XD! But he could of offered to ride the new Russian Missile with a cowboy hat on :D

.

....

 

(to soon?)



TheCarthaginian #13 Posted Sep 11 2014 - 02:21

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A very good demonstration that a 'war winning design' doesn't exactly equate to a 'well thought out' design.

I also have, for some reason, a guy at the Red Army Draft Bord sitting beside one of those little amusement park height requirement signs.

Every time someone taller than that sign goes by, they hand him a rifle and send them out to the front.

Every time someone shorter than that sign goes by, he is handed a leather helmet and thrown on the back of a truck to ride to the armor school.



Meplat #14 Posted Sep 11 2014 - 02:29

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For it's time the T34 was considered "too luxurious" by critics in the Red Army.  Think about that.

Tea_of_Doom #15 Posted Sep 11 2014 - 05:26

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View PostTheCarthaginian, on Sep 11 2014 - 03:21, said:

A very good demonstration that a 'war winning design' doesn't exactly equate to a 'well thought out' design.

I also have, for some reason, a guy at the Red Army Draft Bord sitting beside one of those little amusement park height requirement signs.

Every time someone taller than that sign goes by, they hand him a rifle and send them out to the front.

Every time someone shorter than that sign goes by, he is handed a leather helmet and thrown on the back of a truck to ride to the armor school.

 

Agreed, some parts of the tank could have been thought out better (especially concerning ergonomics), but as the Chieftain points it out himself, it's a crude but elegant design. Some elements are actually really well thought out (turret traverse handle), and the tank actually accomplished its' design purpose supremely well. 

CapturedJoe #16 Posted Sep 11 2014 - 09:03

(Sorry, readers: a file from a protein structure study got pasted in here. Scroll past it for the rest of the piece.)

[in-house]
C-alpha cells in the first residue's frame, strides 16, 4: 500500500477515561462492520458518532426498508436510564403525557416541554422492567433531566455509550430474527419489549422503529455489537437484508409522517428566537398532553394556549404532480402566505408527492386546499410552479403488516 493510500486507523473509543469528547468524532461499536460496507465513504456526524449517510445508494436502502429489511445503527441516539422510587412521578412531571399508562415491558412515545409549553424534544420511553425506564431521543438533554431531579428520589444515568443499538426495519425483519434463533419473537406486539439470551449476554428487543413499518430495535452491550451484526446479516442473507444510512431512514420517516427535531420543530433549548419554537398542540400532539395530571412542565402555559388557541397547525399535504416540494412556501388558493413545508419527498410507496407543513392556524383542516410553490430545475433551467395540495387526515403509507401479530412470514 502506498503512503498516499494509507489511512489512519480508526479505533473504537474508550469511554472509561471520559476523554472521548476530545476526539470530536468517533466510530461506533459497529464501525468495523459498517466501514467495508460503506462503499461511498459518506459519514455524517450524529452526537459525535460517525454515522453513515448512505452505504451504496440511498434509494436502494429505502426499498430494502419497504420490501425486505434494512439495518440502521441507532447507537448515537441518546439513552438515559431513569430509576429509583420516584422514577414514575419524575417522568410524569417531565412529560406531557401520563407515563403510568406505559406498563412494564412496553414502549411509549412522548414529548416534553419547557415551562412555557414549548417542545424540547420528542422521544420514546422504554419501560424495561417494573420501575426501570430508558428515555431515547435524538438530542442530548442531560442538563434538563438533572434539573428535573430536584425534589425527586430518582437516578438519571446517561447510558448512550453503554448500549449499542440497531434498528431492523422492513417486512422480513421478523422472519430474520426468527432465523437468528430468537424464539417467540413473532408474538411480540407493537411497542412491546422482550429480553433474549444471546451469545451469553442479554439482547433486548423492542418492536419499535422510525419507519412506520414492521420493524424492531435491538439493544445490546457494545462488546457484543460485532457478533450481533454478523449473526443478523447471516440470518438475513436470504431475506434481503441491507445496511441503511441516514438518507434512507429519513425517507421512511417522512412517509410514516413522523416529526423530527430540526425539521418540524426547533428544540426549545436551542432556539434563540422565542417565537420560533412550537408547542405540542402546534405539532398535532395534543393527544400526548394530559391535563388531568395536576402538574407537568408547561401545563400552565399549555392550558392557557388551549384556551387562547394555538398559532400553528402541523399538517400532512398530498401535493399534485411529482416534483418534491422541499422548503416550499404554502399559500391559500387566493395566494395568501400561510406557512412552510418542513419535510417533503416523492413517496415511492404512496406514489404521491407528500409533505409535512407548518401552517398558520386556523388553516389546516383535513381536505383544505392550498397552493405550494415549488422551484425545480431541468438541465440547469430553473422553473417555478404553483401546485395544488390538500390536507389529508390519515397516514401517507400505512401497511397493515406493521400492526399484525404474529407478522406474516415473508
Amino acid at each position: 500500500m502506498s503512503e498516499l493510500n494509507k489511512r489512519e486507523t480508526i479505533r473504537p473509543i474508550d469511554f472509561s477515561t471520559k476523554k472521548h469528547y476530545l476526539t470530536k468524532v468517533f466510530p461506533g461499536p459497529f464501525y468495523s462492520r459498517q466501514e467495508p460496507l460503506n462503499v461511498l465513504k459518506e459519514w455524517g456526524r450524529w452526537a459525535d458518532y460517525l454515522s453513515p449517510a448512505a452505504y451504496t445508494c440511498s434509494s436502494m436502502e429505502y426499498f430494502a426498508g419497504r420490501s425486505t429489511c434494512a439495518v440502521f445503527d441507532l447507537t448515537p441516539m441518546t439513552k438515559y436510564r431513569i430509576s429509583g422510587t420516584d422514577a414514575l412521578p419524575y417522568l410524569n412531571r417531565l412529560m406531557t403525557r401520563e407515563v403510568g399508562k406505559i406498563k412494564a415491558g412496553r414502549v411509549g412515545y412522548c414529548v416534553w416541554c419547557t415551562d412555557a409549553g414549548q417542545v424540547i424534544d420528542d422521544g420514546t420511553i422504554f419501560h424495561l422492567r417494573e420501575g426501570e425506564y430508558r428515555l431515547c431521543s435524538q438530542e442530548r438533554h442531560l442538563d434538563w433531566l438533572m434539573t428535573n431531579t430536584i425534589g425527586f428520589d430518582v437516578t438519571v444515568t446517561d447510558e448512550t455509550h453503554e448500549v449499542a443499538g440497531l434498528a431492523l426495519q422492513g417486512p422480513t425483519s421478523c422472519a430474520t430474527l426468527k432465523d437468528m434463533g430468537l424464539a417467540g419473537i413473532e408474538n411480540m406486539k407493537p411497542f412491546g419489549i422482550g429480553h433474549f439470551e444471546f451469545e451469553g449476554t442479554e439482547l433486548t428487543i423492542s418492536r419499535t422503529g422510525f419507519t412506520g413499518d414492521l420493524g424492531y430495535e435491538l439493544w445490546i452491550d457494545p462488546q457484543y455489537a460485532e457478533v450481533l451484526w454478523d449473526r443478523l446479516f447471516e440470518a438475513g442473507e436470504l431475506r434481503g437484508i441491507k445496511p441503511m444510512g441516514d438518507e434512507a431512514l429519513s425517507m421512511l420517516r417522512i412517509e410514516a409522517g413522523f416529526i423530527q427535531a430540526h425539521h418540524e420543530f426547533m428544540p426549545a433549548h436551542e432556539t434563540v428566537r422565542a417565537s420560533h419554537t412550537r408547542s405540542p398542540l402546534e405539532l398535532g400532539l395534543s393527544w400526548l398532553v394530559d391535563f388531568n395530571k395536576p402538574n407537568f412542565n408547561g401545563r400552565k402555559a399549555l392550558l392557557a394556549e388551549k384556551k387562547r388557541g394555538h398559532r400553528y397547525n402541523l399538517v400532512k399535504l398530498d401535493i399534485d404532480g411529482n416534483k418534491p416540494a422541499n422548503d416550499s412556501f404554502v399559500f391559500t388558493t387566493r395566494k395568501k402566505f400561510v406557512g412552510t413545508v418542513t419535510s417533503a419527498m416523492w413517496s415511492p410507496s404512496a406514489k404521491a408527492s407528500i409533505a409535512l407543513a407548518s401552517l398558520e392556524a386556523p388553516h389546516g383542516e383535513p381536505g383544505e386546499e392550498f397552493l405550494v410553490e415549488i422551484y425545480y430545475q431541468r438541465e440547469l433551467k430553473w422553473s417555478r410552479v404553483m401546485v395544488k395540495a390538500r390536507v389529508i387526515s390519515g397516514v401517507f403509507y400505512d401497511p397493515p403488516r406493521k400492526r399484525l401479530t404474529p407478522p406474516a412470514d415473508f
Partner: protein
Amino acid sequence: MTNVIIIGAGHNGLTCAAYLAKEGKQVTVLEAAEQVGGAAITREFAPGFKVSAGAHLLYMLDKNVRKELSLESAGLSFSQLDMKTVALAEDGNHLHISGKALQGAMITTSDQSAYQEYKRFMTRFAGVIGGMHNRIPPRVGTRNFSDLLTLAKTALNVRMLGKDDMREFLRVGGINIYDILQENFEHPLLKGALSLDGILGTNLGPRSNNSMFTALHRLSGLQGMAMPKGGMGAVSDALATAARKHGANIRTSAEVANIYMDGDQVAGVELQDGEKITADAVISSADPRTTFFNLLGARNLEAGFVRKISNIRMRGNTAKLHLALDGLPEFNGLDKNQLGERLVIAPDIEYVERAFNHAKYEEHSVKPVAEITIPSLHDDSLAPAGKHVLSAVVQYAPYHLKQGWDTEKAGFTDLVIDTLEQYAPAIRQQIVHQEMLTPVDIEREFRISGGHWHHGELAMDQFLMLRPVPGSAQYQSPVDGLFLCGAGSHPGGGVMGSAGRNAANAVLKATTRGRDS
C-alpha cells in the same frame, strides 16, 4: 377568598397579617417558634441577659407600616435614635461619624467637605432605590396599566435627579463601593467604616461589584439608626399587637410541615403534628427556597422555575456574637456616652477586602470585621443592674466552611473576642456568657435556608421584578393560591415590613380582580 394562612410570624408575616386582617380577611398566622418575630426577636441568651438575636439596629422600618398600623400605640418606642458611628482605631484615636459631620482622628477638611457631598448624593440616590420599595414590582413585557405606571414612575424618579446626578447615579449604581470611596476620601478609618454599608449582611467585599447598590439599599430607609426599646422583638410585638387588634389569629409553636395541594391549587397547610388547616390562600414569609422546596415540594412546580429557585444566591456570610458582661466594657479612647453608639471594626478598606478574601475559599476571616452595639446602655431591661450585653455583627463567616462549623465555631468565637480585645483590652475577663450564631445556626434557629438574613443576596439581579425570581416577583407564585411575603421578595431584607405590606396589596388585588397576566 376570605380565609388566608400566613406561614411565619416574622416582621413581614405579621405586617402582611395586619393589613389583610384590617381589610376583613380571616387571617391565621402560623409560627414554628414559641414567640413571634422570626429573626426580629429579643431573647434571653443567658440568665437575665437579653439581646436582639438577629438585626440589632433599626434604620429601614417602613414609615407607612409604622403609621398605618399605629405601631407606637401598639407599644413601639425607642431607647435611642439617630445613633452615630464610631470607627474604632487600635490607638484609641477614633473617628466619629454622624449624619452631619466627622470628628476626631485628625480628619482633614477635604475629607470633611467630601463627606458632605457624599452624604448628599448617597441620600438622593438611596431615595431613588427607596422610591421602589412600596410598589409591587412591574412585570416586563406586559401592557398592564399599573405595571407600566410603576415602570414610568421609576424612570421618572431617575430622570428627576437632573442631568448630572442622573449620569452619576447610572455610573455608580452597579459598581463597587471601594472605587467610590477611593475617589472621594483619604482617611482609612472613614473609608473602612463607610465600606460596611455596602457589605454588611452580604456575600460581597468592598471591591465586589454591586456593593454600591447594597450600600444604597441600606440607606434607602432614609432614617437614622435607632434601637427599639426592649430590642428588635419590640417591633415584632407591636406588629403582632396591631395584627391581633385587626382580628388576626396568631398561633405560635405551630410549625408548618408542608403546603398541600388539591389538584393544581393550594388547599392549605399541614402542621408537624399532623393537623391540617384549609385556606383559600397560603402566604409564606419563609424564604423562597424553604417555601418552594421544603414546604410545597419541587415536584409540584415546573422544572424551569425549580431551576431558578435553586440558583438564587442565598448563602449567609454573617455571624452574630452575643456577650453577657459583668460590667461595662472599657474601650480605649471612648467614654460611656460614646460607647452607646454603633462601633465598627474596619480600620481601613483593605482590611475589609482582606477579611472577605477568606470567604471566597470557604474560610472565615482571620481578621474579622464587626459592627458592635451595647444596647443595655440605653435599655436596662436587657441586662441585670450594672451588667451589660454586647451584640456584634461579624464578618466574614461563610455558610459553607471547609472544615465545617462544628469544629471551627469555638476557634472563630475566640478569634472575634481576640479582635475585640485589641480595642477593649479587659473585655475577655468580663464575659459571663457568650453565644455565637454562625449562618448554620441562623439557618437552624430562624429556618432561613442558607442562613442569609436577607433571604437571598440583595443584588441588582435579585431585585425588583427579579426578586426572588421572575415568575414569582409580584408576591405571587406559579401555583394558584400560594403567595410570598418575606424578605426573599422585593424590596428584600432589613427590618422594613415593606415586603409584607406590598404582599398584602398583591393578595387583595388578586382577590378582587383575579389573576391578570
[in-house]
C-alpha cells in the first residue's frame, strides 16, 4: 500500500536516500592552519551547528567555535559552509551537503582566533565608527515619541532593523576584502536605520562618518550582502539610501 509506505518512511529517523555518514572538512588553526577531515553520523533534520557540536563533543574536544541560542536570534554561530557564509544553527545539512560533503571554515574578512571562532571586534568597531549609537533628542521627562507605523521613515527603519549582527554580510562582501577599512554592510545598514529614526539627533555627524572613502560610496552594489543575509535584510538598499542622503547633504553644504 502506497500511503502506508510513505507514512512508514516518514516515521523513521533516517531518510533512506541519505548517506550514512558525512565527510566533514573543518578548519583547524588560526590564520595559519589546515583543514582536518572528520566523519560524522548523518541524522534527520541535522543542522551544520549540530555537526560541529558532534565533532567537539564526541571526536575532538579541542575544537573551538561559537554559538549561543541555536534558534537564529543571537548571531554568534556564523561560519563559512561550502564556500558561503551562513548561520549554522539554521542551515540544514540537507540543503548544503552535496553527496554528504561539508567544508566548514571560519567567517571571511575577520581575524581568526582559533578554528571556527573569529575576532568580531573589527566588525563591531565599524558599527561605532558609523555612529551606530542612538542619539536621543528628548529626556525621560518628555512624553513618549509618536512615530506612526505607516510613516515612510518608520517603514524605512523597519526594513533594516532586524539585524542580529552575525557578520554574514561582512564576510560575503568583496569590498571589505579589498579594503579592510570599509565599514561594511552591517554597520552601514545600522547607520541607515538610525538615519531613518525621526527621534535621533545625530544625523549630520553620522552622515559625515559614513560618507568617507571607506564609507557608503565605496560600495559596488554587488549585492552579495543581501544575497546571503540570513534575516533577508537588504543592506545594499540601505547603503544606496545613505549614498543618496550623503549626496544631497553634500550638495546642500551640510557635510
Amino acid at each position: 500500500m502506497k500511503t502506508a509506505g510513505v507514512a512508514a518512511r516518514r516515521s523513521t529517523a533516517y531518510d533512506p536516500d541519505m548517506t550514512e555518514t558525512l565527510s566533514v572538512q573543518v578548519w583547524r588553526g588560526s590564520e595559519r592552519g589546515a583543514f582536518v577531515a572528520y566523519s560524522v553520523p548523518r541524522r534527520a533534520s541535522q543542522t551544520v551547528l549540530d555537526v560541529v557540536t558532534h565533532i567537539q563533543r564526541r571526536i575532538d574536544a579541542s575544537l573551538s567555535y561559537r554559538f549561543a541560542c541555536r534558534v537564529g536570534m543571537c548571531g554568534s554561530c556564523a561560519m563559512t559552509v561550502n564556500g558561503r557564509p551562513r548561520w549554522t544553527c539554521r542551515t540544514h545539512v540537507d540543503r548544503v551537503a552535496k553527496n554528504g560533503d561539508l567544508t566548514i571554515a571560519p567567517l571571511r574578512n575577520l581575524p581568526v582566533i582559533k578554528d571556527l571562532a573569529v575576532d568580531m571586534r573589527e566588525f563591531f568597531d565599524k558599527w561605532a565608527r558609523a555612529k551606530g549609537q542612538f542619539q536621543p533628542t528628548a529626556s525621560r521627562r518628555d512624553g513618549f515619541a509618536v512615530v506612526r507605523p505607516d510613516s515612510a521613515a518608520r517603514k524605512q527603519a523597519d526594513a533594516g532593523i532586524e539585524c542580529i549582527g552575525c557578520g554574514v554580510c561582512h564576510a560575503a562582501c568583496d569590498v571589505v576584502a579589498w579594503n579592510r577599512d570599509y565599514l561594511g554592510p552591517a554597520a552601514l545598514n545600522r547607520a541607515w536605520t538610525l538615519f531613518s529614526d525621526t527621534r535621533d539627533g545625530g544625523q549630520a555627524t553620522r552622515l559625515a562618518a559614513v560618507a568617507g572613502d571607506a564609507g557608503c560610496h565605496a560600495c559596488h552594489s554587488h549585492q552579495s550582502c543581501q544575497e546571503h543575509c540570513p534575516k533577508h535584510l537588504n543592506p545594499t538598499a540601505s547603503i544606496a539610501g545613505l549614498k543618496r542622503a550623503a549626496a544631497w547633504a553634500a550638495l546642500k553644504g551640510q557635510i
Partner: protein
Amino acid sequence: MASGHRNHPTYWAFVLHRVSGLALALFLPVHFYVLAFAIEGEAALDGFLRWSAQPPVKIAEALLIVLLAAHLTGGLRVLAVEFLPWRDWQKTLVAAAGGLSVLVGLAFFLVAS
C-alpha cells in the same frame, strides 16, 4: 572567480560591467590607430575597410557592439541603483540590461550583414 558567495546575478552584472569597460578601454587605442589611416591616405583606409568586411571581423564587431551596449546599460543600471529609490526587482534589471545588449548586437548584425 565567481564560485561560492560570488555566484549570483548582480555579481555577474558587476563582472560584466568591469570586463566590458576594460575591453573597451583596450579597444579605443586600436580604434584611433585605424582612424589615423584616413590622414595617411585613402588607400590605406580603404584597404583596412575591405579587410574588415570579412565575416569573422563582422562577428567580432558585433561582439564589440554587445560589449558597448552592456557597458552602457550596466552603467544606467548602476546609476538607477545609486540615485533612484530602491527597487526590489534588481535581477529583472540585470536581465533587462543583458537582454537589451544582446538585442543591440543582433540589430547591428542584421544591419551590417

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Very nice video!

In one of my favorite TV series, there is a T-34-85 crew and the biggest guy of them, who is very strong, is the loader; in the series he doesn't seem to have trouble with the low roof and tricky footspace though, he can stand up allright while loading although he is as tall as the Chieftain!

 

BTW, the TV series is called "Czterej pancerni i pies", which is Polish for "4 tankmen and a dog"; maybe you've heard from it.

 

Also the dog barking at 24:55... it's a sign! Sharik is back! :veryhappy:


Edited by CapturedJoe, Sep 11 2014 - 09:12.


Highlord #17 Posted Sep 12 2014 - 07:34

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It does make me wonder what Russian tankers, used to ergonomic hell, think of American tanks, when they get to try them out.

Chopa #18 Posted Sep 12 2014 - 15:09

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They are very impressed with the boiling vessels and cup-holders. They heat their schchee on the exhaust manifolds, and it always winds up tasting of diesel.

Walter_Sobchak #19 Posted Sep 12 2014 - 16:00

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I wonder if the issue of the drivers head being inside the turret ring was an issue on the original T-34 models, or if it only became as issue once the turret ring was enlarged for the T34-85.  Anyhow, very interesting video.  Personally, I prefer videos like this one of the more common vehicles rather than the more obscure models. 

Xlucine #20 Posted Sep 12 2014 - 17:52

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Looking at how Chief leant forward to reach the levers, and extrapolating to an average height back then/average height in a 3rd world country that has to resort to using those in 2014, I'd be surprised if it was an issue in service